Recipe | Lobster linguine with courgettes, cream and chopped rocket


A little lobster…

Debating on what should be my final postcard from Boston for this summer I dithered greatly.

Blogging as I had originally planned about night fishing is a terrible idea as below explains.


Maybe I should have thought it through a little better? I had visited Harvard a few days prior to this and had even been told,

“Hey lady, you’re pretty smart”

As I helped some small guy with thick rimmed glasses, no doubt a mathematical genius, who had turned himself crimson frantically trying to go through a ‘push’ door that said pull.

I felt rather smug with myself until I almost made a complete hash of working out the ticketing system for the T line (the Boston tube system) to get back into town.


So with night fishing out of the running for this post I hoped you would enjoy another lobster recipe. It is incredibly cheap here ($4.99 /£2.94 a lb in some places) and I even heard that it wasn’t that long ago that servants in houses would have it written into their contracts that they would refuse to eat lobster any more than once a week!


Nutritionally lobster meat is rich in Zinc and omega 3 fatty acids (good for improving brain functionality) low in fat and high in protein. Before coming here I confess I was always rather nonchalant about lobster, often finding it lacked flavour and its texture wasn’t always that desirable, but now I admit I am truly smitten.


For those of you who drooled over the smoked ribs and chicken from the last post, then had to get yourself a smoker, next time you fire it up throw a few lobsters in there – incredible! The meat turns out wildly tender and outrageously juicy and with a short(ish) smoking time, roughly 40 minutes, the meat has the perfect balance of smokiness without masking the lobster flavour. I have given some tips on how to do this at the end.


So for my final recipe from Boston I will give you a dish we made for when we had some left over lobster from a party the night before. Lobster linguine with courgettes, cream and chopped rocket. What made it particularly good was cooking the pasta in a stock made from the shells, which added huge amounts of flavour and helped not to waste a drop of flavour from the crustacean we should all love (unless you have a shellfish allergy then your emotions will probably be somewhat different) the Lobster.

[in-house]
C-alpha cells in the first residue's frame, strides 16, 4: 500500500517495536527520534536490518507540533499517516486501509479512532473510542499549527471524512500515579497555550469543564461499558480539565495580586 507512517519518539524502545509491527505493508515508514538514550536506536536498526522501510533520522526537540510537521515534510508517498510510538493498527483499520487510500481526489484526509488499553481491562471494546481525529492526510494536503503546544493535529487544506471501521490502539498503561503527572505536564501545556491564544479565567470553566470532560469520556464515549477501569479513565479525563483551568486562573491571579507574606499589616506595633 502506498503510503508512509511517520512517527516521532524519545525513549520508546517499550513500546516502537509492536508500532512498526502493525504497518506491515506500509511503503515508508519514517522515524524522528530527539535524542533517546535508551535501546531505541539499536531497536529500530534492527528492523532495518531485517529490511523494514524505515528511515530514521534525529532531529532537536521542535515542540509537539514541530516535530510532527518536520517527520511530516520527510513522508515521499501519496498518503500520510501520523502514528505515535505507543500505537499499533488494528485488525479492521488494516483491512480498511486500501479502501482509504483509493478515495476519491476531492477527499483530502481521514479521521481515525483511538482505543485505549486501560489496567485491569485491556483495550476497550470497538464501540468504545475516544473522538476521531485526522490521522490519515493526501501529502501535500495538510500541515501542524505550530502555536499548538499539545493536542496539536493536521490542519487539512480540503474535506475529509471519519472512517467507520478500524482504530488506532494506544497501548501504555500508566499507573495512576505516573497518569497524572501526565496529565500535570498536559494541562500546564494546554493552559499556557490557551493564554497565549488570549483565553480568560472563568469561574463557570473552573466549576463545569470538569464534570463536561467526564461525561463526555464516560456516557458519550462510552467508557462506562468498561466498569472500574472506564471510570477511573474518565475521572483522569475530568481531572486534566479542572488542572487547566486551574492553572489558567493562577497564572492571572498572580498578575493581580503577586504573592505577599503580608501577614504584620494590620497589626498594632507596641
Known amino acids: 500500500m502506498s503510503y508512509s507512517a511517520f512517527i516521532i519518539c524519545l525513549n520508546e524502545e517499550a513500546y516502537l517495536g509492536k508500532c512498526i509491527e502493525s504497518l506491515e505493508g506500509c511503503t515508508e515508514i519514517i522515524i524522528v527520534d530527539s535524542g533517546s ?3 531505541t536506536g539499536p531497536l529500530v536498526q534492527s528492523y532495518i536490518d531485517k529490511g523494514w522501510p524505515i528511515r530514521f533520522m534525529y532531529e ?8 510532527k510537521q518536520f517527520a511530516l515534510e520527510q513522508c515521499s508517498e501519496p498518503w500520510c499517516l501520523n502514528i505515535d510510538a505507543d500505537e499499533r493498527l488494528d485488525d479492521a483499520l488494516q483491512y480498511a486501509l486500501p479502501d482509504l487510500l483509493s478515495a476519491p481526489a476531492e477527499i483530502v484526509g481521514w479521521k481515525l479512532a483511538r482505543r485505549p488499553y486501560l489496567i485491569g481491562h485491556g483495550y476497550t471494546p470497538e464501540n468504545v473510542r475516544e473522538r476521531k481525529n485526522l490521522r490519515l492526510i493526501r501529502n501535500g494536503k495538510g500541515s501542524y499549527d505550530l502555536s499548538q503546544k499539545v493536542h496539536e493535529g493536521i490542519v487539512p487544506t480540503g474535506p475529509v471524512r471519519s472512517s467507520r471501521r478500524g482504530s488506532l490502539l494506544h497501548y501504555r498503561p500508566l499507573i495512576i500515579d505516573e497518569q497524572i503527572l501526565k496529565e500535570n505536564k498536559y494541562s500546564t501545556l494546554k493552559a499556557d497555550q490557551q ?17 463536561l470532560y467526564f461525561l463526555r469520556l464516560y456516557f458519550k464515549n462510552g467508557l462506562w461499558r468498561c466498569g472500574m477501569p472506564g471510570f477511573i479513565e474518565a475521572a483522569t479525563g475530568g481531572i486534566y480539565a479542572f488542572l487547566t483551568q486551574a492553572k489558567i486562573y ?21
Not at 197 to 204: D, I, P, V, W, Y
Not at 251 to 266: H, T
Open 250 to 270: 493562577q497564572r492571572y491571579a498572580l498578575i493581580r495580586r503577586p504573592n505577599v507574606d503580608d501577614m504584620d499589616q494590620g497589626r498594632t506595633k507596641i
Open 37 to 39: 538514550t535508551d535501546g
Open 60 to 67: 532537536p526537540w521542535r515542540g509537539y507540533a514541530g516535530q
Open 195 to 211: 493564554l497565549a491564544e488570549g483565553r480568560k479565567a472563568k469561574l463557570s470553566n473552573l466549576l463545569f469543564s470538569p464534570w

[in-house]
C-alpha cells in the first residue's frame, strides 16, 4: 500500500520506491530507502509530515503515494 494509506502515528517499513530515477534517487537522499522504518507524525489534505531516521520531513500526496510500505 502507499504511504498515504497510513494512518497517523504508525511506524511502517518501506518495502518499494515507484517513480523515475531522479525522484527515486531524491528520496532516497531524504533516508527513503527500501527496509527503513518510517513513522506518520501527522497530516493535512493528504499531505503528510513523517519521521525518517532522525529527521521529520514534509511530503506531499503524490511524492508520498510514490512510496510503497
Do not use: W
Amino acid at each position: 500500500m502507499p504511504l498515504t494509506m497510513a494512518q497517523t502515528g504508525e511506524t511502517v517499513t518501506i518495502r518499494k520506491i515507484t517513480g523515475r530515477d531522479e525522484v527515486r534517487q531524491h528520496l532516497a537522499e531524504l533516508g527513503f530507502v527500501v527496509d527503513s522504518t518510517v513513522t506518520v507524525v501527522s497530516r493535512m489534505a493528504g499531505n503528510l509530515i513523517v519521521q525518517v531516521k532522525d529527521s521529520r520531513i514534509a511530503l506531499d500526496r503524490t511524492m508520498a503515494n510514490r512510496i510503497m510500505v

My month in numbers

Lobsters slaughtered -72

Clams Killed – 11 kilos

Intellectuals rescued from baffling doors – 1


Next stop … The Great Dorset Chilli Festival


Lobster spaghetti with courgette, cream and chopped rocket

Serves 4


Meat from 2 x small *cooked lobsters roughly chopped ( 240g approx )   – although you can use less, as a little lobster can go a long way as you will get lots of flavour from the stock. Keep the shells for the stock.

200g linguini

2 small courgettes finely sliced into strands ( I used 1 yellow and 1 green )

a pinch of fried red chilli

100ml double cream

1 teaspoon chopped dill

100g rocket, roughly chopped

1 small pinch of dried red chilli

zest and juice of 1 lemon

3 litres of lobster stock **



Bring the lobster stock to the boil then taste, it needs to be salty to cook the pasta, season accordingly. 

Cook the lingue as per instructions till al dente

Add the strands of courgettes into the stock with the lingueni and cook for 1 more minute then strain.

Immediately return to the pasta and courgettes to the saucepan then add the cream, chilli, chopped rocket and lemon, check for seasoning then serve.

To cook a whole lobster –

*When I cooked a 1 ½ lb lobster I bought a large pan of salty water to the boil flavoured with a cup of dry white wine, a few parsley stalks and 1 teaspoon of peppercorns added the live lobster and cooked it for 7 minutes. Fished it out till cool then extracted the meat.

**I recommend popping the lobster shells, a few peppercorns, a few stalks of parsley and a medium tomato chopped in half into a saucepan with 4 litres of cold water, bringing it to a boil then turning it down to simmer for 30 minutes before straining (if you leave it for too long the stock tastes bitter).



How to smoke a lobster

Bring the smoker to 240 F.

Kill the lobster by splitting its head.

Once dead put some cracks in the claws to help the smoke penetrate and cut along the top off the tail. Slip 2 teaspoons of salted butter into the tail and smoke for 40 minutes or until cooked.   You can put a skewer up through the length of the lobster to stop it from curling up with the heat. Keep an eye on the thermometer it needs to stay around 240. I tried apple and hickory but preferred the hickory, as with the short smoking time the apple wood was just a little too subtle.



(picture above is the strained shells from the lobster stock ) 









No comments yet.

Leave a Reply

Powered by WordPress. Designed by WooThemes